New Rules Prohibit Backyard Burning of Household Trash
By Wendy Osher
The state is implementing new restrictions on the open burning of yard waste and household trash, also known as “backyard burning”.
State officials say open burning has been illegal on O‘ahu since June 1, 1973. The new rules, now prohibit backyard burning on all islands including Maui, according to authorities with the state Department of Health.
Maui Fire Prevention Bureau Capt. Paul Haake said the department continues to field inquiries about the practice of burning household trash, and had discouraged it even when it was still legal.
According to Capt. Haake, the Fire Prevention receives about one call per month in regards to people wanting to burn yard waste and trash; but numerous calls per month in regards to people complaining about smoke issues from such fires.
In addition to smoke blowing into neighbor’s homes, other complaints involve the threat of the fires spreading to nearby residences.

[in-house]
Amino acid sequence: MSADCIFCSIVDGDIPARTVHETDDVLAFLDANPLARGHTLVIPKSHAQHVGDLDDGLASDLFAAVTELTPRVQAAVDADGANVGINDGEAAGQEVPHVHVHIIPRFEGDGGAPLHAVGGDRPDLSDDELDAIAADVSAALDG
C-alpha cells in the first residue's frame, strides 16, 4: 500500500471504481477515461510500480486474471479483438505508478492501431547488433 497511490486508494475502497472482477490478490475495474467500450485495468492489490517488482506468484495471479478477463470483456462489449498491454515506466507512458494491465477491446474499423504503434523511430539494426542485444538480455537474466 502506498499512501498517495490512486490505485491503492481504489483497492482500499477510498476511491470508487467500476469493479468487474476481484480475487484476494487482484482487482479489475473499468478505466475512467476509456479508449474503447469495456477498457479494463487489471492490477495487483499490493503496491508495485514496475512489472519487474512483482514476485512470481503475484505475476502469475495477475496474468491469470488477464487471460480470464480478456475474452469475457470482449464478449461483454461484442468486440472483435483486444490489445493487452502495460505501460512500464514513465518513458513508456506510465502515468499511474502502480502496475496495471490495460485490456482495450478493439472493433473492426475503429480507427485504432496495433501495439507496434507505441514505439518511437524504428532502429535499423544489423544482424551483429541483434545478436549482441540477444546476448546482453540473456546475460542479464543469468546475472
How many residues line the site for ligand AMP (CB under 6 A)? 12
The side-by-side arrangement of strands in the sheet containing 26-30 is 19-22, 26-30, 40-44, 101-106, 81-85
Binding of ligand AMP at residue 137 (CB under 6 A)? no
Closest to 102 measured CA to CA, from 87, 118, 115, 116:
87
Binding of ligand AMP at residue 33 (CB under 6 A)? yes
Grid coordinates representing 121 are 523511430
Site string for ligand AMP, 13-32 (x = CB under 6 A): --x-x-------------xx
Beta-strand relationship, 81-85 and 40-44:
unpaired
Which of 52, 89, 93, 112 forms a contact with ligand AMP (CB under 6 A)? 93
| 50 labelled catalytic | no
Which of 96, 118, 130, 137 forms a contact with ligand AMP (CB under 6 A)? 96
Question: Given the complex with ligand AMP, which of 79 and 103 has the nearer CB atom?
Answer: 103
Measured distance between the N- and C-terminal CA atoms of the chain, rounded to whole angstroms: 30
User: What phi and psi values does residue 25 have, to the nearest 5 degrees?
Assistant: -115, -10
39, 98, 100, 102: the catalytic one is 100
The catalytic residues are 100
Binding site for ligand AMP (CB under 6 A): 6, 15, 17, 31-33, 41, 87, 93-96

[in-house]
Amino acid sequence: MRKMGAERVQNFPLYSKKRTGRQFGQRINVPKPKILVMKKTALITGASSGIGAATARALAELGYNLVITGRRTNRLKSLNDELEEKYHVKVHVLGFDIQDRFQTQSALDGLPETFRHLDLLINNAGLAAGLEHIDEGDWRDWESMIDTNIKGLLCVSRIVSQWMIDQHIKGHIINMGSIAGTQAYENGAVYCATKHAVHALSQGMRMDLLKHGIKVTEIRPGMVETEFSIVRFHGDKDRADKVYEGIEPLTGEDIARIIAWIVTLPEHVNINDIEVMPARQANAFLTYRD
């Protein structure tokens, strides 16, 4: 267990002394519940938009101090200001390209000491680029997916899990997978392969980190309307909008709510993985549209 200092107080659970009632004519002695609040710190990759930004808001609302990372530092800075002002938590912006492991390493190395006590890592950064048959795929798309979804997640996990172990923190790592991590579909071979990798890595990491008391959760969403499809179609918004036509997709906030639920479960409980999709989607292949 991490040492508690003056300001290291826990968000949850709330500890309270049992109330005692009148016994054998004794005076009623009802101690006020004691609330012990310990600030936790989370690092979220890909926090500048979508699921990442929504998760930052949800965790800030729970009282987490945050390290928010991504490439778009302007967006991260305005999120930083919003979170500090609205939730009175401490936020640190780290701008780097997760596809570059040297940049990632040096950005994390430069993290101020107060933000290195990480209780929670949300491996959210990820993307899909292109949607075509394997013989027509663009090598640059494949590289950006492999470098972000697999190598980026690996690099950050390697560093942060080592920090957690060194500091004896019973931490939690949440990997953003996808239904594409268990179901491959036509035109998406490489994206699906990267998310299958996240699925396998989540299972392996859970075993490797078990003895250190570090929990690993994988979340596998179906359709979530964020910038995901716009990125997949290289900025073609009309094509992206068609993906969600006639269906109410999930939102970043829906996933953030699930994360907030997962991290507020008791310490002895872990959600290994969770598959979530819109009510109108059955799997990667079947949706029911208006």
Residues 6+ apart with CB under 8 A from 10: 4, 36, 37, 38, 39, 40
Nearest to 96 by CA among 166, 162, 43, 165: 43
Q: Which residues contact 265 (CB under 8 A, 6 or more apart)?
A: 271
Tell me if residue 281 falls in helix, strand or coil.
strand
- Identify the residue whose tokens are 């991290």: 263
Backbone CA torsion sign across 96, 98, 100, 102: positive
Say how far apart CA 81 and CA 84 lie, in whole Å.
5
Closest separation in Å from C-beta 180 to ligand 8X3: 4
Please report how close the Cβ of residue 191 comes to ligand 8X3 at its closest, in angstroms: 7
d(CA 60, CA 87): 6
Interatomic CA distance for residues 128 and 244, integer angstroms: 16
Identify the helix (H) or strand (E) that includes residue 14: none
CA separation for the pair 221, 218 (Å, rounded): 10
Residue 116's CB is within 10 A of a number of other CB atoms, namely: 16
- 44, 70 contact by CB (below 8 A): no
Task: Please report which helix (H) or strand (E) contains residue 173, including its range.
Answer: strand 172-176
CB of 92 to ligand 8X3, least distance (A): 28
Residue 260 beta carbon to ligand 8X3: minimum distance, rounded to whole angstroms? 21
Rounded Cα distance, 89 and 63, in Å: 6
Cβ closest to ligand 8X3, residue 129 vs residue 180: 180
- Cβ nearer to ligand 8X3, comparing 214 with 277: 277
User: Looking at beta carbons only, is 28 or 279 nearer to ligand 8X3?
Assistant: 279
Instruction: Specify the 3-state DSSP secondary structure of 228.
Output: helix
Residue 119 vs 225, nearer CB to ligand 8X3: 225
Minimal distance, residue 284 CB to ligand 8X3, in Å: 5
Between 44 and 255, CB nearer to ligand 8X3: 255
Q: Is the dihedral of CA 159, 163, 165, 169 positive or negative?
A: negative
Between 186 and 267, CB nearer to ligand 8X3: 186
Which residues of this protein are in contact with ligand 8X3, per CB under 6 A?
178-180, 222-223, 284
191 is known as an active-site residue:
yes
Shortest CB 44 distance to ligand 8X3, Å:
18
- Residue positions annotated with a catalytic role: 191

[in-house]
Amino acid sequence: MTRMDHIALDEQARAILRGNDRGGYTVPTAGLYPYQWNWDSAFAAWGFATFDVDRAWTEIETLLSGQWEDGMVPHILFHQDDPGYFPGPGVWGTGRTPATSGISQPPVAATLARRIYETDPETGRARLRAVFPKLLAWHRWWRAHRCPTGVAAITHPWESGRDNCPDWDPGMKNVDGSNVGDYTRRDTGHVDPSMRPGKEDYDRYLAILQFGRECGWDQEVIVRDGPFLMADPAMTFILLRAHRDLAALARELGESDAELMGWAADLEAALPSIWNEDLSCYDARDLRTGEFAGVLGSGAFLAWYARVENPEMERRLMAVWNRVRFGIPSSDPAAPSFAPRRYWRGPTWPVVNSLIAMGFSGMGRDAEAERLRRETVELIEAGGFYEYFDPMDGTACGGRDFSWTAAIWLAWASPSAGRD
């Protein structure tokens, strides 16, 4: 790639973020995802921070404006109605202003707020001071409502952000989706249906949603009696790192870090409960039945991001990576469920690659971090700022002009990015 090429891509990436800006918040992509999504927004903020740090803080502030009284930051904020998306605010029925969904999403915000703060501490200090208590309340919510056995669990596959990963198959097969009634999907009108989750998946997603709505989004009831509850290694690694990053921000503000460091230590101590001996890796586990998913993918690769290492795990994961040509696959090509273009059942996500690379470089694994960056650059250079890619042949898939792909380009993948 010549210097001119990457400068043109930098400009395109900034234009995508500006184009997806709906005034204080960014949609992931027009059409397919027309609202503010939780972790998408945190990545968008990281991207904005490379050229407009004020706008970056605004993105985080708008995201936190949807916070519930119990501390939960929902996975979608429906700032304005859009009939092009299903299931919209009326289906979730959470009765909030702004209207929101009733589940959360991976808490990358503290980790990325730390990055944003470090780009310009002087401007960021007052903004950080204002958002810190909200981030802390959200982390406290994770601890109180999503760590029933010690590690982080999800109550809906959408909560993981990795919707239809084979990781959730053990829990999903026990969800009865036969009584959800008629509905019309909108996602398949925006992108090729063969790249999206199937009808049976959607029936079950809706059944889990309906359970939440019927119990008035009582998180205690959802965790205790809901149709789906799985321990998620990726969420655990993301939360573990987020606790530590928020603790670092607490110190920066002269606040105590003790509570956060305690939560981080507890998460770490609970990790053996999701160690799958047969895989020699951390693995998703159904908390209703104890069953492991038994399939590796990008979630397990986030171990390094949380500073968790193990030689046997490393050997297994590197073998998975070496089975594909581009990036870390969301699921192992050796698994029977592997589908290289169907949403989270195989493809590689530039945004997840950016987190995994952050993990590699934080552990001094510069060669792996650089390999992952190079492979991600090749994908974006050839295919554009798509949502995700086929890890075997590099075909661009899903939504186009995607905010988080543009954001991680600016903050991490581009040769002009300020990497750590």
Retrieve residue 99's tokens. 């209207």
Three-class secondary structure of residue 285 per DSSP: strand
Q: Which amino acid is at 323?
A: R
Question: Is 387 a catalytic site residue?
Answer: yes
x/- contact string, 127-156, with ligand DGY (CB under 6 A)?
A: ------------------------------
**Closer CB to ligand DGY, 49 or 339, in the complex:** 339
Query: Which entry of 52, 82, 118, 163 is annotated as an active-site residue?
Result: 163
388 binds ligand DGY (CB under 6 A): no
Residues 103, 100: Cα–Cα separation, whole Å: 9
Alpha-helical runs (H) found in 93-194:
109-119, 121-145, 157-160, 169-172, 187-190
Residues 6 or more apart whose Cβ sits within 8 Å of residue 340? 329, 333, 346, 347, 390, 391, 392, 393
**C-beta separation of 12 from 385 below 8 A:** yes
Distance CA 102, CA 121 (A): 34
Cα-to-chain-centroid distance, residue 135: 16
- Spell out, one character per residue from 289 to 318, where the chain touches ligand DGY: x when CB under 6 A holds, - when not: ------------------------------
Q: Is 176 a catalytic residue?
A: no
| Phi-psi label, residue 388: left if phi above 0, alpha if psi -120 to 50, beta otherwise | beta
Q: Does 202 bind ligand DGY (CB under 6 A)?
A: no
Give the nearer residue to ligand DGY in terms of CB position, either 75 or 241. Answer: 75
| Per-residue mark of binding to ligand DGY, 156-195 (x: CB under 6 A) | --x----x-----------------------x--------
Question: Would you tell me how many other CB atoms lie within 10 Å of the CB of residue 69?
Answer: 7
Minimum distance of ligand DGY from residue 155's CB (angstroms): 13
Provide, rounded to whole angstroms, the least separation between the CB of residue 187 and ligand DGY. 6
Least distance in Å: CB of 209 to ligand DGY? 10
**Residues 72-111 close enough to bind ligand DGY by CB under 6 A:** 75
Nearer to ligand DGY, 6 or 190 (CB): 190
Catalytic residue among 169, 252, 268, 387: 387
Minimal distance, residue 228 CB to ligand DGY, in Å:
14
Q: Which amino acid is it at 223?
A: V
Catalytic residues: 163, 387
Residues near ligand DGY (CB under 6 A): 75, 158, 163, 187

“With the greater availability of alternative means of waste disposal such as improved trash services, recycling, and composting on all islands, backyard burning is no longer a necessity,” health officials stated in a press release today.
Those found in violation of the open burning rules are subject to fines of up to $10,000 per violation, per day.
In the past, there was a temporary ban in place on backyard burning on Maui, implemented by then Fire Chief Clayton Ishikawa because of drought-like conditions, said Capt. Haake.
The state Department of Health’s Clean Air Branch extended the reach of restrictions beyond O’ahu by amending HRS 11-60.1. State health officials say the changes are aimed at improving the Agricultural Burning Permit process and also allow for the expanded issuance of field citations.
This rule does not apply to cooking fires or to individuals with agricultural-burn permits issued by the Health Department’s Clean Air Branch.
Open burning for the heating of water for residential bathing purposes is also prohibited.